Posts Tagged 'children'

In the news: Women with children working more, longer

Working Mother and her childThu Jun 12, 9:08 AM ET

Women with children are working more than ever before despite the so-called “opting out” revolution popularized by the media, according to a new study.

Using data from the U.S. Census and the American Community Survey, Christine Percheski, of Princeton University, found that the number of full-time working mothers born between 1966 and 1975 has risen to 38 percent, up from 5.6 percent among women born between 1926 and 1935.

“What’s happening is that professional women’s employment rates are continuing to creep up every year, and even women with young children are increasing their employment,” Percheski said in an interview.

Less than eight percent of professional women born after 1956 have left the workforce for more than a year during their prime childbearing years, according to the finding published in the American Sociological Review.

Little boy sits patiently with his mother who is working in the hot sun, on a day when the temperature in the shade was 108 degrees. The notion that women are choosing to “opt out” of their fast-paced professional careers in favor of staying home to raise children has been vastly overblown by the media, Percheski said.

What’s more, factors such as longer working hours and societal pressure to stay home to be with the children has created a false perception among the public that women are being forced out of the workplace.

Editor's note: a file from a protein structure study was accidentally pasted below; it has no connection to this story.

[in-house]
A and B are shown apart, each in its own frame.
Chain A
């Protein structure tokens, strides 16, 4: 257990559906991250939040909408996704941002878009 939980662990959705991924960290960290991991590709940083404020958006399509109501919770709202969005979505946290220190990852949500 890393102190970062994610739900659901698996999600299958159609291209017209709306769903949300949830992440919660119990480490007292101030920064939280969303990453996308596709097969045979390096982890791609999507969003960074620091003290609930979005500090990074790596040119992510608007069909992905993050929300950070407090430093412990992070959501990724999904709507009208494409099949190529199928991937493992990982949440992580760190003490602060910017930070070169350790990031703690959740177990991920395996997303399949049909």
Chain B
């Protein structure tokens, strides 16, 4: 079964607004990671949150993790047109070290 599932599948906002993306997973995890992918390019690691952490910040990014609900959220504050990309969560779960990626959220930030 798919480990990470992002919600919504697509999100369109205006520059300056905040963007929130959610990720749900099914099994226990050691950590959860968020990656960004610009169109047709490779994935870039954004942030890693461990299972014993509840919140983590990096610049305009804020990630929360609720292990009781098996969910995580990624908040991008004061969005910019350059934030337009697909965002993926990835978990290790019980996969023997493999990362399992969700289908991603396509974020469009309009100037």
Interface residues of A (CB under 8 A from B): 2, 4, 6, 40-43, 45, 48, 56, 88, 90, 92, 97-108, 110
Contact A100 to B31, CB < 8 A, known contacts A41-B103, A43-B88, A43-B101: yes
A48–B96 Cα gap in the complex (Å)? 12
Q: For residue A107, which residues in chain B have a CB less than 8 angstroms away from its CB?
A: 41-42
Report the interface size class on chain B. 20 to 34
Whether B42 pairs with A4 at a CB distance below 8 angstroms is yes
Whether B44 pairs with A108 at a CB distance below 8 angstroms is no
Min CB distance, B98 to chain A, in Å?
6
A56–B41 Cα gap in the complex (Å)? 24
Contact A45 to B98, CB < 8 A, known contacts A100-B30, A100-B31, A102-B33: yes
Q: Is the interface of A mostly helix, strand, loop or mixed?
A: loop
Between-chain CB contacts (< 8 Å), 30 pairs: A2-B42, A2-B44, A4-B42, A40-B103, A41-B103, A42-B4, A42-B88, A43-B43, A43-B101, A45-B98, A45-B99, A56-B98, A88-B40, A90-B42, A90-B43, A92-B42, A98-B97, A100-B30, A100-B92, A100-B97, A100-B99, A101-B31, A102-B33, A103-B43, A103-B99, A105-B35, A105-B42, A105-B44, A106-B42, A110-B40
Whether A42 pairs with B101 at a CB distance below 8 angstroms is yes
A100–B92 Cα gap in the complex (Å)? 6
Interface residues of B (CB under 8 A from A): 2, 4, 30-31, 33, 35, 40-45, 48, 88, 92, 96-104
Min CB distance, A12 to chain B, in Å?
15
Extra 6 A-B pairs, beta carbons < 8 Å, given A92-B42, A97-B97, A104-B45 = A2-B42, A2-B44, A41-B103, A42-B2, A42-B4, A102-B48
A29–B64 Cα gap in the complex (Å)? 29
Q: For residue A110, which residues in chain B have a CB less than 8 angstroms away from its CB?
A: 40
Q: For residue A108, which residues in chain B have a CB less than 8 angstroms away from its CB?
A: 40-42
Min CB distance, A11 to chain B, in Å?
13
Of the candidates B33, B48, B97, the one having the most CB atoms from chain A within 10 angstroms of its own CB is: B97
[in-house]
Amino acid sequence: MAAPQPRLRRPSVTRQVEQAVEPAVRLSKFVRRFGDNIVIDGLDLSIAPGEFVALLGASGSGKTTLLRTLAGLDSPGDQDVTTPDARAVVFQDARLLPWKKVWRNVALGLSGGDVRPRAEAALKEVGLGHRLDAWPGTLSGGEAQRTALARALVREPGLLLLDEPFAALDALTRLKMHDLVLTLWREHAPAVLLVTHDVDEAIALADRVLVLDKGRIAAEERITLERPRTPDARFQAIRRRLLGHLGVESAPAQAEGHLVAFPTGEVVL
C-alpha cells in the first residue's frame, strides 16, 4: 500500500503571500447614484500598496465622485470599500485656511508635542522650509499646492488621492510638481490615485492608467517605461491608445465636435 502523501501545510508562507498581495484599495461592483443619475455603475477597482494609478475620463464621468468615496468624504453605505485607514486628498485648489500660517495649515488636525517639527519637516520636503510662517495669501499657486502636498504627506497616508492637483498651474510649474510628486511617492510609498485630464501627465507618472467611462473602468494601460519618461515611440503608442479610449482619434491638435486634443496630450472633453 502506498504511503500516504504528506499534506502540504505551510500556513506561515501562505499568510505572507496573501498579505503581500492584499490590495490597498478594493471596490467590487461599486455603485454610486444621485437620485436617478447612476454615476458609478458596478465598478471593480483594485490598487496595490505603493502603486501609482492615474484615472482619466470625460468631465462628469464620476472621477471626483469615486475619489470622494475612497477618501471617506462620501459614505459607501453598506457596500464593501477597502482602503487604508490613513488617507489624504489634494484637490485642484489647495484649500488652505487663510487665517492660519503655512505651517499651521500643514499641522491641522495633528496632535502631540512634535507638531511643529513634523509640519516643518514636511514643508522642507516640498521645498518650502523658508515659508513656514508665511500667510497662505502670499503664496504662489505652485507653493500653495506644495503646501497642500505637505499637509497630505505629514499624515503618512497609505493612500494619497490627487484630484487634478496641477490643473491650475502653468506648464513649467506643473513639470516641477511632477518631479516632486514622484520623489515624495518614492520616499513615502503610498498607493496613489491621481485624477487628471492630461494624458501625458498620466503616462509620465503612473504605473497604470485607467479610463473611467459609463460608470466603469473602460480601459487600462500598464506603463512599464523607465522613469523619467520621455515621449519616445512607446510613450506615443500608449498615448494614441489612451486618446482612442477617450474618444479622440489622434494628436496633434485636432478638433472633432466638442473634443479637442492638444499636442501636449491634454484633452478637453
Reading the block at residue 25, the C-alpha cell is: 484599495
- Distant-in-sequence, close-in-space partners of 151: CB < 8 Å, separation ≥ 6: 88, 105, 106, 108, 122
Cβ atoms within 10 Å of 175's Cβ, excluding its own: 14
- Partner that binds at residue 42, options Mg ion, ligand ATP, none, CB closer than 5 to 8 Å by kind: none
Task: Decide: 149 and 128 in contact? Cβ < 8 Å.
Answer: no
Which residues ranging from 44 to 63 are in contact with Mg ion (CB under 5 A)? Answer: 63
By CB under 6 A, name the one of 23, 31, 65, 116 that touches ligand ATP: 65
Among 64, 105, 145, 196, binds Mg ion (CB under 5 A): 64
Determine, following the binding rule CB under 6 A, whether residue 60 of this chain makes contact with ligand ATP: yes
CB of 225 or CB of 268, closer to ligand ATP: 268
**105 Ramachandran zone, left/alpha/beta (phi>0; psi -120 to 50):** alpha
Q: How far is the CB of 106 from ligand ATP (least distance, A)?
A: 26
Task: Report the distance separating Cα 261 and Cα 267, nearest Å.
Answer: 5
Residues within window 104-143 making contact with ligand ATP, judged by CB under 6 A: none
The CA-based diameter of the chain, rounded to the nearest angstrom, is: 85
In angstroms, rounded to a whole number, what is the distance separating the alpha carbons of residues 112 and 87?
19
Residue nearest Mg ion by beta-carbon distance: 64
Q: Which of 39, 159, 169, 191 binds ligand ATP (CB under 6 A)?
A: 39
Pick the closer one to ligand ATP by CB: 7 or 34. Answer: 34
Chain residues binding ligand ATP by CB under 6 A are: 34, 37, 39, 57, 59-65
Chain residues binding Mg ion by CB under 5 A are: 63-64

“In fact, women are feeling less pressure to stay at home, and public acceptance towards employment of mothers — even women with young children — is increasing,” she added.

But combining a professional career and motherhood doesn’t come without sacrifices, Percheski found.

“What’s amazing is that women who chose to work are not spending less time with their children, but they’re decreasing the time they spend sleeping, the time they spend on leisure activities, and the time they spend in civic participation,” Percheski explained.

“So yes, they’re successfully combining motherhood and employment but it comes at a cost,” she said.

The shift in the working dynamic has meant a renegotiation in gender roles in the family, such as men picking up more of the housework, said Percheski.Mother & Daughter - Burmese Refugee Camp

Working mothers are also spending more time at their jobs, the study found. More than 15 percent of those born after 1956 work 50 hours or more a week, compared to less than 10 percent among women born in earlier years.

The rise of women in the workforce is poised to continue as educational levels continue to rise and women seek out high-level careers, Percheski said.

“It’s getting to the point where it might not make sense to talk about the choice between work and no work, it’s about how much work,” she said.

(Reporting by Lara Hertel; editing by Patricia Reaney)

 

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Book: Pride and Joy: The Lives and Passions of Women Without Children (1998)

Pride and Joy coverby Terri Casey